Businesses are facing increased pressure to address environmental issues that also support the bottom line

Toronto, ON (PRWEB) April 20, 2009 — The environment has finally been given a seat at the boardroom table. Even companies that were once notorious for their exploitation of the environment are joining the discussion, as they try to cope with the upheaval environmental issues are having on their bottom line. In their new book, Good to Green: Managing Business Risks and Opportunities in the Age of Environmental Awareness, John Phyper and Paul MacLean say that now is the time for businesses to go green. Their top 3 reasons:

Improved Customer Stickiness
Increased public awareness of environmental issues (like global warming, species extinctions, and carcinogens in products) has significantly impacted consumer spending and retention. Companies are realizing that “greenwashing” and “cosmetic environmentalism” are damaging to the bottom line and that true change, along the entire supply chain, is required.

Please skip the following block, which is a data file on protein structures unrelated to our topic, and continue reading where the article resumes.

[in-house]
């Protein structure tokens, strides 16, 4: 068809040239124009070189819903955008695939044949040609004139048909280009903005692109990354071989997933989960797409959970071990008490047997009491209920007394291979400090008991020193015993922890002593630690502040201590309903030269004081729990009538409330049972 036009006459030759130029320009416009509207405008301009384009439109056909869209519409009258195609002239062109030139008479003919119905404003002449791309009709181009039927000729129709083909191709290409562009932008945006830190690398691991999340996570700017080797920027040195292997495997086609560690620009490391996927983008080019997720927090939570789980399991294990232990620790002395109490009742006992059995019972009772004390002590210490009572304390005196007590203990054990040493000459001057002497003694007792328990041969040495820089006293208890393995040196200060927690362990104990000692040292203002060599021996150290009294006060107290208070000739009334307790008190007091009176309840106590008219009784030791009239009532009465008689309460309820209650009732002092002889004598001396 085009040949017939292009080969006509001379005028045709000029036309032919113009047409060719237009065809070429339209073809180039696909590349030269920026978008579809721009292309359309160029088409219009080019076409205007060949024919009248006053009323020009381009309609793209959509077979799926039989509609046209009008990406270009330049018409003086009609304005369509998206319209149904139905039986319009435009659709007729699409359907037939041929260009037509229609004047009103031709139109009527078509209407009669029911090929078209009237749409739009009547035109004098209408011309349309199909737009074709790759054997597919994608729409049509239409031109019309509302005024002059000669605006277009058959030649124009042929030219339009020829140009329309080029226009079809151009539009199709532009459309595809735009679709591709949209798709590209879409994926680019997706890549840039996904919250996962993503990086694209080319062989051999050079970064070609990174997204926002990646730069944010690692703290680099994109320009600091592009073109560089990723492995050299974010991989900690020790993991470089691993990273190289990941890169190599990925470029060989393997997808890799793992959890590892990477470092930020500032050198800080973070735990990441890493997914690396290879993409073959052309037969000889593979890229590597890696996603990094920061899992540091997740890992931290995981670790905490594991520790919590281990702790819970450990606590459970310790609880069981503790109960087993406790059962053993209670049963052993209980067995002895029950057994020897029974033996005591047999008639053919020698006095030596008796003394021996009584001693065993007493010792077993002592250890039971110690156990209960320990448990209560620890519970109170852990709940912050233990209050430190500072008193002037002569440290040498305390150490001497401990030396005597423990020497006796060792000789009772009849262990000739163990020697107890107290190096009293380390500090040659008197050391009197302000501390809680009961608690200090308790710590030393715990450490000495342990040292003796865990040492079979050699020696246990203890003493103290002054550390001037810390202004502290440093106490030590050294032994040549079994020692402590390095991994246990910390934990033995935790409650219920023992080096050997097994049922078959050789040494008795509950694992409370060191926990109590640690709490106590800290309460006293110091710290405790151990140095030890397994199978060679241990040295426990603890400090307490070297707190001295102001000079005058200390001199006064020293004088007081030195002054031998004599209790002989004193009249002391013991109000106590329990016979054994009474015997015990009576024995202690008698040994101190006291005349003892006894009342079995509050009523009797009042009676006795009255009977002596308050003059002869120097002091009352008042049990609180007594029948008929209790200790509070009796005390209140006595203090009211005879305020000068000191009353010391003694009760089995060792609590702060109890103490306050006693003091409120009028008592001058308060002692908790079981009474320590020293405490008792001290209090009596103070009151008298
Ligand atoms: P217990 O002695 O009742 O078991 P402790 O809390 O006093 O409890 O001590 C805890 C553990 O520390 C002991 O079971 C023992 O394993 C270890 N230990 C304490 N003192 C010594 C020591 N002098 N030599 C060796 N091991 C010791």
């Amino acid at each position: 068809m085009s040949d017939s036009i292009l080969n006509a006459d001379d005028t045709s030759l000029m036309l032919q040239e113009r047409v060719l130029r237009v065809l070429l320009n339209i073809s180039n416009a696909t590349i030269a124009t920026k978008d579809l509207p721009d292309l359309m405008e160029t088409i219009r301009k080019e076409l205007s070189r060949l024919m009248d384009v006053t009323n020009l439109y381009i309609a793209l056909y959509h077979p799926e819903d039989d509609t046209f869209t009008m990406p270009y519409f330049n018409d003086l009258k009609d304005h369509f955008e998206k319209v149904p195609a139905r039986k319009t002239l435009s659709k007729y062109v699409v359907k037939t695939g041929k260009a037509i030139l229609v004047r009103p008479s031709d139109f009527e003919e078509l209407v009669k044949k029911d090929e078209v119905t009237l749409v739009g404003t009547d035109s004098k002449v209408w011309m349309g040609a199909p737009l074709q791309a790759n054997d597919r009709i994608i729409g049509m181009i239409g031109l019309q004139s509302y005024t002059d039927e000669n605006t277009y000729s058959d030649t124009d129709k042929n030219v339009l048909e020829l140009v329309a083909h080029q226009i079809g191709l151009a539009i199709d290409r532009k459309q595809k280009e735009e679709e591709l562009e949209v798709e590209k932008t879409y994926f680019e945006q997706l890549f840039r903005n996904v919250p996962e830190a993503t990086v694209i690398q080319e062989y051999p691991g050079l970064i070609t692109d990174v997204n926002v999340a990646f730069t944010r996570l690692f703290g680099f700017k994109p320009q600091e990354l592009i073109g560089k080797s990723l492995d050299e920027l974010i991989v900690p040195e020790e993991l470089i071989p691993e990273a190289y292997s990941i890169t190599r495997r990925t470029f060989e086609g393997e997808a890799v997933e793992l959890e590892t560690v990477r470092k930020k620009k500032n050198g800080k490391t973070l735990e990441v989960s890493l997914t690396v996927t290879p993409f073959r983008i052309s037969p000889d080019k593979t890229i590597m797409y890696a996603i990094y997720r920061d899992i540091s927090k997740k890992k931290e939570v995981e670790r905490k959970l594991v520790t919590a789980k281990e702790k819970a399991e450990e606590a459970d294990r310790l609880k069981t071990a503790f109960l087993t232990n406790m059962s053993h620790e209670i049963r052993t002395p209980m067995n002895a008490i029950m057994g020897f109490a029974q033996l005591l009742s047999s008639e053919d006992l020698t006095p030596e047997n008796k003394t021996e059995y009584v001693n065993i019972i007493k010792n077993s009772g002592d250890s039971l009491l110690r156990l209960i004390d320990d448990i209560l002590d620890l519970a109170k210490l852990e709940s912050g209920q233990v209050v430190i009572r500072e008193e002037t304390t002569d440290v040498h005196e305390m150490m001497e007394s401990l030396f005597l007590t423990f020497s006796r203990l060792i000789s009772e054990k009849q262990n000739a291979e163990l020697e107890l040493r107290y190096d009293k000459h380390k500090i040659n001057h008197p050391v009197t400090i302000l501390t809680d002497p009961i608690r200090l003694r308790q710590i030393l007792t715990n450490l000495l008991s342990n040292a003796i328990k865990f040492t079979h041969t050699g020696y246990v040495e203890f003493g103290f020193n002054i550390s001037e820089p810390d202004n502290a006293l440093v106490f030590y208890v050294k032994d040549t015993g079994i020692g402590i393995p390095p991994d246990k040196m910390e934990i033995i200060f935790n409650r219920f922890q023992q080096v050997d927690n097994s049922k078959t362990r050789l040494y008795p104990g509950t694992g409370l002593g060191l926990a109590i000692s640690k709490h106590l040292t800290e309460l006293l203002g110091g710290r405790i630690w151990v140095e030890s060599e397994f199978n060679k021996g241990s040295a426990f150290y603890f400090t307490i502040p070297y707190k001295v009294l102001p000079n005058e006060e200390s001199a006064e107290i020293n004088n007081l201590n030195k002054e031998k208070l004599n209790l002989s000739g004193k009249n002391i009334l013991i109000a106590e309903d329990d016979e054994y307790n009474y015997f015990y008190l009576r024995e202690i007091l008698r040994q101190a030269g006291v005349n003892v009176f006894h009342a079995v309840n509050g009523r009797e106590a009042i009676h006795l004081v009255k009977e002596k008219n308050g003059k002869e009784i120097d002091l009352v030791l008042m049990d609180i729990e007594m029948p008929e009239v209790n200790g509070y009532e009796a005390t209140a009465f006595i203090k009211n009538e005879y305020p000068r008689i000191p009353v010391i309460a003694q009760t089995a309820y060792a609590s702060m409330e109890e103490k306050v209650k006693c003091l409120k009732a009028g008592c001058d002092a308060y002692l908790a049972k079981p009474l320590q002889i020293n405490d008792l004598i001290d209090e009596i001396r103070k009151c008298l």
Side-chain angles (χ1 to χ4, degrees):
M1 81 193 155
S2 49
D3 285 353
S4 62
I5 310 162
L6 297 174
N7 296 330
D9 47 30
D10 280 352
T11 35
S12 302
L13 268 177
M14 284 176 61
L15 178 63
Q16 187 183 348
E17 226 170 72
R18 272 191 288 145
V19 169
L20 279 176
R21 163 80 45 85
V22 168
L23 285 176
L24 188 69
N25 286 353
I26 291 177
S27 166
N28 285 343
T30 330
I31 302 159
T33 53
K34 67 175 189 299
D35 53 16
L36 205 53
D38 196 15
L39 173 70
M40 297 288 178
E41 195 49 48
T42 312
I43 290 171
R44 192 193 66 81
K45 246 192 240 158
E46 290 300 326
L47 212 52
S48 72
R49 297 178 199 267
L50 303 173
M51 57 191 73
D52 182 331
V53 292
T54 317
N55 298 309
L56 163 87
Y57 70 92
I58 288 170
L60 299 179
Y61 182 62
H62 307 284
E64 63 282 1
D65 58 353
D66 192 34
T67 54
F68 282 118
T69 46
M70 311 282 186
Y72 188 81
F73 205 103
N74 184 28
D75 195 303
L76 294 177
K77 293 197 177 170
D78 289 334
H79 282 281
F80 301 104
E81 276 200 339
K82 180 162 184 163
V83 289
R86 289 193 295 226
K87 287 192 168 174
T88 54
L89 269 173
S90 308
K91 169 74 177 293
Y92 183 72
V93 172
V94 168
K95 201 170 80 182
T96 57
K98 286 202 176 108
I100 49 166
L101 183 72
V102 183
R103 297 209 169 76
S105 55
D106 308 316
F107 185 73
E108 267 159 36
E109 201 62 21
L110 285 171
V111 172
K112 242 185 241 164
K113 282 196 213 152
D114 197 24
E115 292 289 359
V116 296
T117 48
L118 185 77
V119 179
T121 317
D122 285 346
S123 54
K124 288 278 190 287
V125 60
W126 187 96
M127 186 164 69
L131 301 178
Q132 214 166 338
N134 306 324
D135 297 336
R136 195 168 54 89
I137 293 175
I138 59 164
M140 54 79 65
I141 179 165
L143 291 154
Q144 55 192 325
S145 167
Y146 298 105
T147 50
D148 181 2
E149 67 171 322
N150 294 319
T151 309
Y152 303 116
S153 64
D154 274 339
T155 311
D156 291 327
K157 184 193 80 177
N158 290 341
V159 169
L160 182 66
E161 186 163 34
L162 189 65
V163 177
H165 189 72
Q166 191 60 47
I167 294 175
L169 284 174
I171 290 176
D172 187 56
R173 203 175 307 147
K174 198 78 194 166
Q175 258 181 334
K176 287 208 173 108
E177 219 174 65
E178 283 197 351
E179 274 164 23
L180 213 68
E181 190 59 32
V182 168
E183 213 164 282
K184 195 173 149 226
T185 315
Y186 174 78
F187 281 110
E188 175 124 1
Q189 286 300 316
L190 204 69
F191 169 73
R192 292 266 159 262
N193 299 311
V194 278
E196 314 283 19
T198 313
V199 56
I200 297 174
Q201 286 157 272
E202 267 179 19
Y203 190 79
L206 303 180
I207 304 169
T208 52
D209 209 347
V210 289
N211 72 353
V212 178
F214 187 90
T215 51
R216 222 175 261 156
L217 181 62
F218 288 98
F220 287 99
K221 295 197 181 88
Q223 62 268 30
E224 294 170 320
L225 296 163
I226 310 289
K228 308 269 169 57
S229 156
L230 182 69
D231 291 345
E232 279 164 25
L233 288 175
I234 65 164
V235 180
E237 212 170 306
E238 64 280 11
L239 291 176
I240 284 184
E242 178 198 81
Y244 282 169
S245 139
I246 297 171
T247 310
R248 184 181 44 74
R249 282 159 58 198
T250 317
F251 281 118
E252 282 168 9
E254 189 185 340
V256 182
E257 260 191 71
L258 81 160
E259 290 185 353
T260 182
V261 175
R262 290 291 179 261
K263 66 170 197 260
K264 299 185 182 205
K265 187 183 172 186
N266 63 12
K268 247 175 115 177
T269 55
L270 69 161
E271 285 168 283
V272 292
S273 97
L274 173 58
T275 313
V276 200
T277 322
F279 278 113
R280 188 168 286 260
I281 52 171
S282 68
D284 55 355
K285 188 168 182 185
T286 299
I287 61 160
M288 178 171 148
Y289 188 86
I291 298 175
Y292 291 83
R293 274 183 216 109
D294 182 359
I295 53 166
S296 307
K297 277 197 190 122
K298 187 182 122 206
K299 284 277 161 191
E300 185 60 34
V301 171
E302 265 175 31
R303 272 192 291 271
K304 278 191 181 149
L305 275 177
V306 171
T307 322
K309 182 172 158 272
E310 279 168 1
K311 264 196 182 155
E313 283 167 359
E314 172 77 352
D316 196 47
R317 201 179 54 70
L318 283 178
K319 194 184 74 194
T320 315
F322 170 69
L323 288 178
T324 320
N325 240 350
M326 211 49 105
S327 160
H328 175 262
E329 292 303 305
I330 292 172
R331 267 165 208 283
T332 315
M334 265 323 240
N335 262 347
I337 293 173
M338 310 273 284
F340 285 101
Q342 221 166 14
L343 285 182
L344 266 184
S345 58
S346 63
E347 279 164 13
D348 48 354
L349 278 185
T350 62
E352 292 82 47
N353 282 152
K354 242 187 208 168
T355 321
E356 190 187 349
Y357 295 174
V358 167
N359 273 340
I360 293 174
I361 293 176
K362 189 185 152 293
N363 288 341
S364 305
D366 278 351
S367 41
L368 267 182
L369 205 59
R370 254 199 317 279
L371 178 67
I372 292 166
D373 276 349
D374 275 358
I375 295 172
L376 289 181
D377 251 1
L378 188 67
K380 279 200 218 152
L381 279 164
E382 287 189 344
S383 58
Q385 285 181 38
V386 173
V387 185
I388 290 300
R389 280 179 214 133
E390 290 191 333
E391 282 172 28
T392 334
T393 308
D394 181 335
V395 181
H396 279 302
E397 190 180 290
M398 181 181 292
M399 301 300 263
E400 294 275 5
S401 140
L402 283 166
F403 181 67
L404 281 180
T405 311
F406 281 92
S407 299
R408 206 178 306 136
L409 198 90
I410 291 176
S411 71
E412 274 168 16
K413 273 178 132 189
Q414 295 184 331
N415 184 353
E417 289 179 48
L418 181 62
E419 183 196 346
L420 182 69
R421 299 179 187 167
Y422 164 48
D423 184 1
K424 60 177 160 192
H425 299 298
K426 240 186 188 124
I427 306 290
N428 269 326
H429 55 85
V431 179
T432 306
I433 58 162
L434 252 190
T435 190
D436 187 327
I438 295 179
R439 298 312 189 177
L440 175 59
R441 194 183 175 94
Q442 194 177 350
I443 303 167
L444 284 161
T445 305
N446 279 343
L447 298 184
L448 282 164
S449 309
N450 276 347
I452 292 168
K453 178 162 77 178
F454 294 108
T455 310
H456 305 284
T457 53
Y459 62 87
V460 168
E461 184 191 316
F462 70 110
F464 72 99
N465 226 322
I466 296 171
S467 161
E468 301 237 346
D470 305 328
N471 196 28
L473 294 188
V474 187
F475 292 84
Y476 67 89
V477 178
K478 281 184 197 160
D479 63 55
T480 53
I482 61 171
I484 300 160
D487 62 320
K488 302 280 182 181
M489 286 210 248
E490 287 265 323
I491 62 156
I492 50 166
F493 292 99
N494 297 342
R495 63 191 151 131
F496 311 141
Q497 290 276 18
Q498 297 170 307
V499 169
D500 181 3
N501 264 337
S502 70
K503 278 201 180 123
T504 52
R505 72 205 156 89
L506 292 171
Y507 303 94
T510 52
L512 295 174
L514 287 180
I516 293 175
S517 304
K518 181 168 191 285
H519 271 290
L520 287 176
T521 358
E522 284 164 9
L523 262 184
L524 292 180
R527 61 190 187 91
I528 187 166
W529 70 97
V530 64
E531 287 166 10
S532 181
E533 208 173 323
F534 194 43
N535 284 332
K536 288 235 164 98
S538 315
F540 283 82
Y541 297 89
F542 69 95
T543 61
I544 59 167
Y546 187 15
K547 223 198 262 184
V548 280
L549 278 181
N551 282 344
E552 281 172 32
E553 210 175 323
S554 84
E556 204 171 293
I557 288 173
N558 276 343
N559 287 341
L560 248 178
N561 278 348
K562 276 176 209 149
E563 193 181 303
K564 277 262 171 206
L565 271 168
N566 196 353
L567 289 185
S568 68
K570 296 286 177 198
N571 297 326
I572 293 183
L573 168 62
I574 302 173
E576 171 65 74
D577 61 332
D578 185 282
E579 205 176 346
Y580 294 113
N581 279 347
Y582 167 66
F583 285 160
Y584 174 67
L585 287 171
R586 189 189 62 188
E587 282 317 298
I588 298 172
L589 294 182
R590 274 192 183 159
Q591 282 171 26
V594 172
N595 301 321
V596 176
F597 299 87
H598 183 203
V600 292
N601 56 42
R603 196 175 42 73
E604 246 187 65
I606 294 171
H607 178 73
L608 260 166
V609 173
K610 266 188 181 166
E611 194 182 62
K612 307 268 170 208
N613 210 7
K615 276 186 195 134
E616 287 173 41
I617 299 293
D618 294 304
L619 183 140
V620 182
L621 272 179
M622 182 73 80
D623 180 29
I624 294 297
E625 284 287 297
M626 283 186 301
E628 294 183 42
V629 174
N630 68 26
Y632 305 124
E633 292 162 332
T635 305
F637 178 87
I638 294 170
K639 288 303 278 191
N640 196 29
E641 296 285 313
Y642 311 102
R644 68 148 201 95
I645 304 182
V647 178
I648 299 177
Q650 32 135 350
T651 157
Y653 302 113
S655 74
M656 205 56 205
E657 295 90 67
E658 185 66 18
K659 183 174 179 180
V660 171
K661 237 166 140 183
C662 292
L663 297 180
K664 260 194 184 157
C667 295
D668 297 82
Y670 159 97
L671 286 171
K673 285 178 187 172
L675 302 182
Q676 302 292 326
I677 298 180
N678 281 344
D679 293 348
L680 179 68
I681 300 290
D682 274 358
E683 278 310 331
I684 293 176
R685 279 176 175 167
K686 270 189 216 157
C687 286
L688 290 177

Expansion into New Markets
Over a trillion dollars per year is being spent on water purification, solid waste management and clean energy technologies. Add to this monies being spent on environmentally friendly products, energy conservation and regulatory compliance, and the market opportunity is overwhelming. The recent U.S. stimulus package included approximately $58 billion in spending and tax cuts to encourage the use of alternative energy and energy conservation. Companies need to assess how they can capitalize on the growth of these markets.

Elimination of Mismanagement
More and more companies are starting to assess the business risks/opportunities related to environmental issues, and in doing so are altering how they do business. Now these issues are being transferred from the VP level to the shop floor, at both company’s operations and those of their suppliers. Only by attacking this problem in a multi prong approach can the desired goal of reducing costs and negative impact on the environment, across the supply chain, be achieved.


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